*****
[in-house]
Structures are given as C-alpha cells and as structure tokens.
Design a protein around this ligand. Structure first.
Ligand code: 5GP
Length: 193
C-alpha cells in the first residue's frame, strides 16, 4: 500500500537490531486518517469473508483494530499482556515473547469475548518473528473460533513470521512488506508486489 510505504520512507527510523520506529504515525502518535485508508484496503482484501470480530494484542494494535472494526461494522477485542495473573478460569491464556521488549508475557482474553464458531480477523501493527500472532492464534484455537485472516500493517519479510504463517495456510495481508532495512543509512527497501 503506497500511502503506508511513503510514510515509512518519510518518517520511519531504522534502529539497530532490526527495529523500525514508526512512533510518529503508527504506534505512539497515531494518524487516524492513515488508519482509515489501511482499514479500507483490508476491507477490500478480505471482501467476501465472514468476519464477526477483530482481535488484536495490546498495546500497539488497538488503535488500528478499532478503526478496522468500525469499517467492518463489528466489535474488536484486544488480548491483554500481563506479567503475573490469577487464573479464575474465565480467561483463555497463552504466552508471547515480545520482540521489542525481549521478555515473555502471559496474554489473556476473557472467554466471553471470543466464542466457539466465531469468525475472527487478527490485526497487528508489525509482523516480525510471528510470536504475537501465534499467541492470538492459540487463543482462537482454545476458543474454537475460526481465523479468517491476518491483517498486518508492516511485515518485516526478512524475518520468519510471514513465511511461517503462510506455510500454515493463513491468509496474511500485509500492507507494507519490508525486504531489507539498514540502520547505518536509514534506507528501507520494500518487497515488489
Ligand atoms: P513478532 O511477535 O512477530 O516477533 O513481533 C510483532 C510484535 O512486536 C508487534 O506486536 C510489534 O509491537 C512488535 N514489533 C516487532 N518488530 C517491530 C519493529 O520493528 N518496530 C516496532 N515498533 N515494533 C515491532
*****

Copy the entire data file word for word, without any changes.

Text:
[in-house]
Structures are given as C-alpha cells and as structure tokens.
Design a protein around this ligand. Structure first.
Ligand code: 5GP
Length: 193
C-alpha cells in the first residue's frame, strides 16, 4: 500500500537490531486518517469473508483494530499482556515473547469475548518473528473460533513470521512488506508486489 510505504520512507527510523520506529504515525502518535485508508484496503482484501470480530494484542494494535472494526461494522477485542495473573478460569491464556521488549508475557482474553464458531480477523501493527500472532492464534484455537485472516500493517519479510504463517495456510495481508532495512543509512527497501 503506497500511502503506508511513503510514510515509512518519510518518517520511519531504522534502529539497530532490526527495529523500525514508526512512533510518529503508527504506534505512539497515531494518524487516524492513515488508519482509515489501511482499514479500507483490508476491507477490500478480505471482501467476501465472514468476519464477526477483530482481535488484536495490546498495546500497539488497538488503535488500528478499532478503526478496522468500525469499517467492518463489528466489535474488536484486544488480548491483554500481563506479567503475573490469577487464573479464575474465565480467561483463555497463552504466552508471547515480545520482540521489542525481549521478555515473555502471559496474554489473556476473557472467554466471553471470543466464542466457539466465531469468525475472527487478527490485526497487528508489525509482523516480525510471528510470536504475537501465534499467541492470538492459540487463543482462537482454545476458543474454537475460526481465523479468517491476518491483517498486518508492516511485515518485516526478512524475518520468519510471514513465511511461517503462510506455510500454515493463513491468509496474511500485509500492507507494507519490508525486504531489507539498514540502520547505518536509514534506507528501507520494500518487497515488489
Ligand atoms: P513478532 O511477535 O512477530 O516477533 O513481533 C510483532 C510484535 O512486536 C508487534 O506486536 C510489534 O509491537 C512488535 N514489533 C516487532 N518488530 C517491530 C519493529 O520493528 N518496530 C516496532 N515498533 N515494533 C515491532